One of the most famous trails in Sweden is called Kungsleden or King’s Trail. It crosses the Swedish Lappland for 440 km from Abisko to Hemavan. Most people don’t hike the whole thing, as it is very long, but it is possible to do some pars of it, the most popular one being from Abisko to Nikkaluokta.
As COVID-19 changed most people’s summer plans, a lot of students had to remain in Sweden, so a couple of my friends and I decided it was the perfect opportunity to explore Sweden and get some hiking done. None of us had gone to the Swedish Lappland yet, so it all came together quite naturally.
We planned a 10-day hike, not necessarily following the official Kungsleden in order to see more territory. Our itinerary included a stop at Kebnekaise Fjällstation, where we would spend a day to attempt to climb Sweden’s highest peak. As it was the longest hike for all of us, we decided to go with shorter distances each day, with an average of 18km/day. This would leave us the time to have longer rests for lunch and dinner. As we would be in the Arctic circle, it is sunny 24h/day so we didn’t have to rush to get to our next camp before sundown.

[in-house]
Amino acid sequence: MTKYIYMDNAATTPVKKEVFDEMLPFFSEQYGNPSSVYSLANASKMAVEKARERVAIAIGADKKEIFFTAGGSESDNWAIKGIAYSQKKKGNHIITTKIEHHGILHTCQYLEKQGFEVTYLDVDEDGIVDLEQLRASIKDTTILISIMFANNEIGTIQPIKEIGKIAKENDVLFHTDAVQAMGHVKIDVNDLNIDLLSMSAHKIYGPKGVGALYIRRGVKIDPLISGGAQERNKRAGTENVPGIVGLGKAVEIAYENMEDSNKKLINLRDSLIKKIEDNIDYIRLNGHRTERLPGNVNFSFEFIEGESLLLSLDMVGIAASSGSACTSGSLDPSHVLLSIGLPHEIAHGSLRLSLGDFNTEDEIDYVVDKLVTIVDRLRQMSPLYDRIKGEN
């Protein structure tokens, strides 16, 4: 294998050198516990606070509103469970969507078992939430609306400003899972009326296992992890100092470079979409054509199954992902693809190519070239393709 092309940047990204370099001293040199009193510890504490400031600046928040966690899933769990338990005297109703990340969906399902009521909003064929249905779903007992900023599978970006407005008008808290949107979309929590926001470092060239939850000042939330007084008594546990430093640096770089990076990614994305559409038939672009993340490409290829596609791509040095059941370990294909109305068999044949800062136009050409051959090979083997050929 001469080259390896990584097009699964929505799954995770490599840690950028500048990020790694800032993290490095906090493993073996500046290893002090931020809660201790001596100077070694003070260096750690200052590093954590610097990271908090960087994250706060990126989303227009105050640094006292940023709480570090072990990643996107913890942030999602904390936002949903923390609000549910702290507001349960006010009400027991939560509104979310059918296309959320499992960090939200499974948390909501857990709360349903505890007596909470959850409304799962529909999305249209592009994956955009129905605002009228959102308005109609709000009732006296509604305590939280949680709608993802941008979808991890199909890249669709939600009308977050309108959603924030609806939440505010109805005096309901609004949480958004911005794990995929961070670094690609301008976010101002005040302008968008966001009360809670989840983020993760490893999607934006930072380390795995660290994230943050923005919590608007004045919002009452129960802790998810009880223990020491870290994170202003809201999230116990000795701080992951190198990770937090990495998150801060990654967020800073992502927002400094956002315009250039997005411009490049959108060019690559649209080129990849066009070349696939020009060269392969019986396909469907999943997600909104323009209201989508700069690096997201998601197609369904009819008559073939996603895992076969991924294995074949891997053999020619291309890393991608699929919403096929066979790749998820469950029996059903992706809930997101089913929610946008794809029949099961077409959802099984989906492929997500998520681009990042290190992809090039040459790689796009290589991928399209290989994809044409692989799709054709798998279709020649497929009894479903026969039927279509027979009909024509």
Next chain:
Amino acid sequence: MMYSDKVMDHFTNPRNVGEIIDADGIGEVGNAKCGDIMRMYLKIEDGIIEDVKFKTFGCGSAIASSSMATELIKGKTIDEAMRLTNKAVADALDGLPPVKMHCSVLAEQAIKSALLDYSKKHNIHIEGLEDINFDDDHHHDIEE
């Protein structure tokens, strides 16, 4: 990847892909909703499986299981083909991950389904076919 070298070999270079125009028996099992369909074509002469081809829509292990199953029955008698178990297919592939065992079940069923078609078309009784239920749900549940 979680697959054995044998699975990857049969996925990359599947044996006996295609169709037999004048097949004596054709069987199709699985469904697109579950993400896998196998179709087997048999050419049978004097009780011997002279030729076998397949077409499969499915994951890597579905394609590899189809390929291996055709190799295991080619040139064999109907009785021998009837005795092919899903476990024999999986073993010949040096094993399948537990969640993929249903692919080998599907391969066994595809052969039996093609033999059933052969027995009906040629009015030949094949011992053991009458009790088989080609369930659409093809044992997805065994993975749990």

Free-camping is allowed in Sweden, so it was pretty easy to plan where to stop each day. We would just need to find a flat, dry space for our two tents with an access to water.
As we were pretty early in the season, most huts were closed when we started so we needed to be completely self-sufficient for the first few days. We decided to carry all of our food the the whole trip and re-fill later if needed. We went with dehydrated food from Lidl as it had good energy content and was cheaper than the ones found in specialized outdoor stores.
It was a challenge to fit everything into our backpacks at first, but it would get lighter and lighter every day as we would eat our food. It was tricky to plan for clothes because Lappland has unpredictable weather. We needed to bring limited amount of changes of clothes but still be prepared for any kind of temperature or weather.
To get to the start of the hike in Abisko, we took the night train until Kiruna, and then a 2-hour bus to the Fjällstation in Abisko. We planned for extra food for the trip in order to keep our precious food portions for the hike itself.
After exams were done, our itinerary was planned and we had bought all our equipment, we were ready to go! I will write about the hike itself on my next blog 🙂